High Peaks Pure Earth has translated a blogpost by Woeser written on May 9, 2011 for the Tibetan service of Radio Free Asia and posted on her blog on May 27, 2011.
In this blogpost, Woeser criticises a TV programme shown on Tibet TV that glorifies a place that has come to be known as Lhasa’s “Romance Wall”. The “Romance Wall” may be an unfamiliar term to us but the spot is increasingly becoming a tourist attraction for Chinese tourists to Tibet. For readers who understand Chinese, the TV programme “Travel Tibet” that goes on the search for this “Romance Wall” can be viewed here on YouTube.
This is not the first time that Woeser has written about Chinese tourists and travellers in Tibet, there are similar themes in last years’s blogpost “Who Is Really Safeguarding Lhasa” For other Tibetan bloggers’ views on Chinese tourists in Tibet, re-visit our two translations in the blogpost “Fish Speaking Back to Ichthyologists”.
Finally, for those readers who feel compelled to rush to Lhasa to experience the “Romance Wall”, there is bad news, Tibet is closed to foreign travellers until the end of July.
The advertisement for the programme “Travel Tibet”, broadcast during primetime on Tibet TV tells us: “We are constantly striving for the promotion of travel in the Western provinces and mysterious Tibetan culture”, yet, when I watched the latest episode I felt disgusted as though I had just swallowed a fly. The Tibetan host and the journalist excitedly introduced Lhasa’s “Romance Wall”; they even interviewed some Han Chinese tourists sitting around the wall who expressed their respect for the pilgrims prostrating in the area.
The term “Romance Wall” first appeared on the internet a few years ago. Some people who had travelled to Tibet, as well as those who had lived in Lhasa for some time, bragged about inventing that term and posted various photos of themselves crowding around the wall. Subsequently, this caught the media’s attention, which resulted in tourists swarming into Tibet, blindly searching for something unobtainable. The so-called “Romance Wall” is situated opposite Jokhang Temple, which originally served as a place for pilgrims to offer thousands of butter lamps in small cups and as a place for those prostrating to take a rest. But after it was transformed into the “Romance Wall”, it was often occupied by tourists looking for a slice of “romance” and the pilgrims had no choice but to cramp together, standing back to back when prostrating.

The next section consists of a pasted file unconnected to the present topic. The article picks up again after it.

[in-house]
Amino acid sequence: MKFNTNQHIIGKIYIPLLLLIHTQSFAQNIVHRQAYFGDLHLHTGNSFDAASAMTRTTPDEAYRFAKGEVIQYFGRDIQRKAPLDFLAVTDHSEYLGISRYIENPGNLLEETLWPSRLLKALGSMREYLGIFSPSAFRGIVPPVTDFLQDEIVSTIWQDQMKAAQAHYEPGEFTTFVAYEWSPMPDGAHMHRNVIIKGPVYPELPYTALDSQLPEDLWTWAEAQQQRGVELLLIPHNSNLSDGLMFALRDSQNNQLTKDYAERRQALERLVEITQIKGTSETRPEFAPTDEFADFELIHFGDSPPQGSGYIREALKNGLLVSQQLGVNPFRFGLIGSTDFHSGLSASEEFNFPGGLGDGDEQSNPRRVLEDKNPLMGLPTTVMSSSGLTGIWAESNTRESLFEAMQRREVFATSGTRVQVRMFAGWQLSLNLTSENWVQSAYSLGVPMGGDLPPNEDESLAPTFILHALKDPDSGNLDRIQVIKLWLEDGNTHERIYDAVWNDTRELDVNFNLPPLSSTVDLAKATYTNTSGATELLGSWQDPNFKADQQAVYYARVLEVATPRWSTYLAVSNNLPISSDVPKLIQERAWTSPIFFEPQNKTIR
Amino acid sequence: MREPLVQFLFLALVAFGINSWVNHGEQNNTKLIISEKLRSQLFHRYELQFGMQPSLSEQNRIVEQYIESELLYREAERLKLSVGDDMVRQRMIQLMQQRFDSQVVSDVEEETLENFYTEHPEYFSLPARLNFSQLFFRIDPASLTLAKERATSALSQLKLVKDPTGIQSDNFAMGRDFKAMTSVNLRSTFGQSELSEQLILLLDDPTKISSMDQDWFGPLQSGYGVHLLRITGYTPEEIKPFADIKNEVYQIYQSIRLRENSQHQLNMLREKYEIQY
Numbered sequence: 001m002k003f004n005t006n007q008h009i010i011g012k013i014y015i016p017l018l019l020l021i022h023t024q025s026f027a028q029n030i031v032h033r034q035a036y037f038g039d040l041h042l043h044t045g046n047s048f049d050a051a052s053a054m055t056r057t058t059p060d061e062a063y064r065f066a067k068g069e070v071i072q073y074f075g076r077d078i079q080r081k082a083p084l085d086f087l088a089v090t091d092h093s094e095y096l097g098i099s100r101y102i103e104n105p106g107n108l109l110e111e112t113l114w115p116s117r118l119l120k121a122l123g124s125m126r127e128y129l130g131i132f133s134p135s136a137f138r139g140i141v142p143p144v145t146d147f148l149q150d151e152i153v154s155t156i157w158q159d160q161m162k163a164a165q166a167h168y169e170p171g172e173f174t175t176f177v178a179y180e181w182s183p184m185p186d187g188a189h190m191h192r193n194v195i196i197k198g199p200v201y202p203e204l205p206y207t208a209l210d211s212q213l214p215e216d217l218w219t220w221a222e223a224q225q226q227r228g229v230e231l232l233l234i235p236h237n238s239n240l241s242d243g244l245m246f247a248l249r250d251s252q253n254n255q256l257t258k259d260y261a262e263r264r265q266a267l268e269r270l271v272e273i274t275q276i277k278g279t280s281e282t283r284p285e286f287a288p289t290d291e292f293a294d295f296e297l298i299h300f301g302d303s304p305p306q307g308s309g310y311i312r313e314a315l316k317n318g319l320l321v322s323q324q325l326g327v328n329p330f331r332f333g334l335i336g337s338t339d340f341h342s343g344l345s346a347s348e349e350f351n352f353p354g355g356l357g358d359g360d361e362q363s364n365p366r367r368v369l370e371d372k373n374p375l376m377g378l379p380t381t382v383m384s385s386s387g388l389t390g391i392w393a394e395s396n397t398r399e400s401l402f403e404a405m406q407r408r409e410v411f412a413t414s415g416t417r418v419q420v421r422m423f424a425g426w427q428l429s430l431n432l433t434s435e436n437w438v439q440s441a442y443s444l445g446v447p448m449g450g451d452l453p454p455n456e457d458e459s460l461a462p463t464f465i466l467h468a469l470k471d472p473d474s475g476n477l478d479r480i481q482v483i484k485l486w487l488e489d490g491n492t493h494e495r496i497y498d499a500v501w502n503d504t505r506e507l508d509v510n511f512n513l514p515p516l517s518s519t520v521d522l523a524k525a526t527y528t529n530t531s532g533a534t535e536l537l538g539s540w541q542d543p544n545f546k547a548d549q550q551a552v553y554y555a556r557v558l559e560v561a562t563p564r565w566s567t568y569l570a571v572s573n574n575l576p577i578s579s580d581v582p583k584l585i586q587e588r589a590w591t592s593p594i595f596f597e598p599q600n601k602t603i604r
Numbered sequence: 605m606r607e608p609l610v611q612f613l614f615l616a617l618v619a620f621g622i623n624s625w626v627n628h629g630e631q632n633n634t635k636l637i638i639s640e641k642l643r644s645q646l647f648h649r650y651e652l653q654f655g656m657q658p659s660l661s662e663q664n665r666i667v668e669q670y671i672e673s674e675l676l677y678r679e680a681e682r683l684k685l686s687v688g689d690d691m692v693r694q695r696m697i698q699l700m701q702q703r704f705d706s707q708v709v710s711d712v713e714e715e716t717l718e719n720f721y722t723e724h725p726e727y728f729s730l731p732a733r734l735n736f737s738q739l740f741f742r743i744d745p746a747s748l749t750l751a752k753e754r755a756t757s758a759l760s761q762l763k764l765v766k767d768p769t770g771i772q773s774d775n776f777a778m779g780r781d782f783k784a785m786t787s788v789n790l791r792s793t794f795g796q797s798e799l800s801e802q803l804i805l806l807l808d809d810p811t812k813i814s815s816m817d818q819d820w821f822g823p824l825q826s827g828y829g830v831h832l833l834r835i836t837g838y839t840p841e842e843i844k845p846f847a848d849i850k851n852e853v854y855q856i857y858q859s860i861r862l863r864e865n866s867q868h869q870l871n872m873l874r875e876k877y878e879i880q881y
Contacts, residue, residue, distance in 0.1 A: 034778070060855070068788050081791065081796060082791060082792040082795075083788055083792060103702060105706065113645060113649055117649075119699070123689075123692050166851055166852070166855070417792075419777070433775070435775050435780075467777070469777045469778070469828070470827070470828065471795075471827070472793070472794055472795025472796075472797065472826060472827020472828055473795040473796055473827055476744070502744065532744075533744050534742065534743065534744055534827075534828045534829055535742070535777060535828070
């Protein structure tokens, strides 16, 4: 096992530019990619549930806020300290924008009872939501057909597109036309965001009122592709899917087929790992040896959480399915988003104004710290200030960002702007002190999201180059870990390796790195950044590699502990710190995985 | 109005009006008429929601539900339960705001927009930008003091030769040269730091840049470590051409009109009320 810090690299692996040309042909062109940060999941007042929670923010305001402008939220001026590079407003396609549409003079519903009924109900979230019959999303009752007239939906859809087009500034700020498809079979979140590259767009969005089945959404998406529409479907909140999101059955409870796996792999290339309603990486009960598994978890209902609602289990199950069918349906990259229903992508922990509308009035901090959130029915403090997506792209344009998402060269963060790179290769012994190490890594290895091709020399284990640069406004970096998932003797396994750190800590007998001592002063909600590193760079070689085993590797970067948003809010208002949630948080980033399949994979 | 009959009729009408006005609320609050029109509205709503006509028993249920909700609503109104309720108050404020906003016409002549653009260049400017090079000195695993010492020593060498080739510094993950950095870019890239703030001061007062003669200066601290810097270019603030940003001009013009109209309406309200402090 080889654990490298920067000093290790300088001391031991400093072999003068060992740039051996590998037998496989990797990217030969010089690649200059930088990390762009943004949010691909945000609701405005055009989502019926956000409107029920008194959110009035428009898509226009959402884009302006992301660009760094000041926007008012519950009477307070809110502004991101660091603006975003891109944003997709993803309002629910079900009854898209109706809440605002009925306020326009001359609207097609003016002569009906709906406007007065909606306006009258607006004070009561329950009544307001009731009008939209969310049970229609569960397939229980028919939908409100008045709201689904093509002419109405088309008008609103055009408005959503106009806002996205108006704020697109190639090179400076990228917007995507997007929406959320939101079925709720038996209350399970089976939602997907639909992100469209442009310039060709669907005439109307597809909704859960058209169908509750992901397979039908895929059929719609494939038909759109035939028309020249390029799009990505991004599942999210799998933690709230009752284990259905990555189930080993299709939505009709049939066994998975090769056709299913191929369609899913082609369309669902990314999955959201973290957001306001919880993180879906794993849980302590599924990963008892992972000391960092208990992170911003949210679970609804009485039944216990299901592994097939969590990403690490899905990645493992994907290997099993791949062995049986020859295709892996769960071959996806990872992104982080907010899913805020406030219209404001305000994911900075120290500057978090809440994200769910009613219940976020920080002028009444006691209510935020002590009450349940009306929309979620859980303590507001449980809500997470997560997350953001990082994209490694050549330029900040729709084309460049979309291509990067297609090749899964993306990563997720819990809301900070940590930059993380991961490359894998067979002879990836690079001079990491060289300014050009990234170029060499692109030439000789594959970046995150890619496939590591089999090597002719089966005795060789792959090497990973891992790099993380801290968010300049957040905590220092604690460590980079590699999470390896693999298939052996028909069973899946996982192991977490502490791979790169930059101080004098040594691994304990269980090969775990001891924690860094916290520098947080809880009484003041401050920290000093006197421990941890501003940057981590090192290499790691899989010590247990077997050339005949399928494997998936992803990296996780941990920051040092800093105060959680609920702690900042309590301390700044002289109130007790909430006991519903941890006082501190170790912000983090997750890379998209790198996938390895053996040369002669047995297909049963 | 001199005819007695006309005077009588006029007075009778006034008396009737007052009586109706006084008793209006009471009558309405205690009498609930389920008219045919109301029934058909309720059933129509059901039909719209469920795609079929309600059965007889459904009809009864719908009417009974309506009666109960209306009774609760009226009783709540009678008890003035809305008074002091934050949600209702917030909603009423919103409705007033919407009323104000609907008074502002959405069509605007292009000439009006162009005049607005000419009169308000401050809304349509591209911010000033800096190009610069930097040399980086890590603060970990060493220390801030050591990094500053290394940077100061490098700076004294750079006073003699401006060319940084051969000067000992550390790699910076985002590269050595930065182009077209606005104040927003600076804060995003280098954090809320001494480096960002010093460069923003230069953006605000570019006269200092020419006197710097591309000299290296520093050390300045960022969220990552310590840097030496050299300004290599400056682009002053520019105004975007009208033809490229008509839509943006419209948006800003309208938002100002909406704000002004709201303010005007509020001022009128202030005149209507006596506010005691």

I have seen those tourists squeezed at the bottom of the wall many times; they nestle, smoke, drink beer, laugh noisily, feed each other or lift their enormous cameras, scrupulously taking photos of the prostrating pilgrims. Some place a sign in front of their chests, writing that they are looking for a mistress or are recruiting partners etc. Some are disguised as beggars with a paper box or hat placed in front of them they shout “please, please” at the Tibetan pilgrims. Others suddenly throw themselves to the ground, imitating the prostrating of Tibetan pilgrims in a derisive way. A tourist who had visited the “Romance Wall” many times wrote online: “We sit at the bottom of the wall, smoke and laugh at these people. We don’t understand their beliefs. We don’t know what they are after. Afterlife?”
There is nothing more vulgar than the expression “Romance Wall”. Tibet has never had any “Romance Wall”. The Butter Lamp shrine opposite Jokhang Temple was only established in the mid-1990s and the many adult Tibetan pilgrims who have been prostrating in its vicinity for many years come from all over Tibet. Many left their far-away hometowns to embark on the long road of pilgrimage and only reach Lhasa after countless days; this resembles Muslims going to Mecca or Catholics going to the Vatican to pray. But today, their pilgrimage is being obstructed. Those romance and novelty seeking tourists who drive the pilgrims into a corner have completely changed the atmosphere of the place. A Tibetan online friend said: “In today’s world, only the charitable Buddhist beliefs can really tolerate the wanton behaviour of these people in sacred places; who would dare to smoke cigarettes and drink beer next to the Ka’aba in Mecca?!”
This vulgarity has even won over the media’s support. If one searches for “Romance Wall”, one obtains results such as “Lhasa’s Romance Wall” or “Jokhang Temple’s Romance Wall”. Chinese media such as Xinhua News, Tibet News Online, Tibet Business News use exaggerated and embellished headlines such as “‘Romance Wall’ in the Barkhor or Lhasa’s ‘Romance Wall’: places where it is easiest to have an encounter with beautiful women”. Today, Tibet TV once more prosperously recommends the “Romance Wall” in its travel programme directed at Han Chinese tourists. One can already foresee that with the media hype, this already emerging tourist spot will be brimming with luring stories and every travel brochure, every travel map will tag it; travel agencies, tour guides and hotels of all sizes will treat it as an attraction, hereby turning it into a “tourist colony”; the “Romance Wall” will go the way of Sun Island, Potala Palace Square or the Dragon King Pond, and become one of Lhasa’s prominent landmarks.
Beijing, May 9, 2011
This post is also available in: English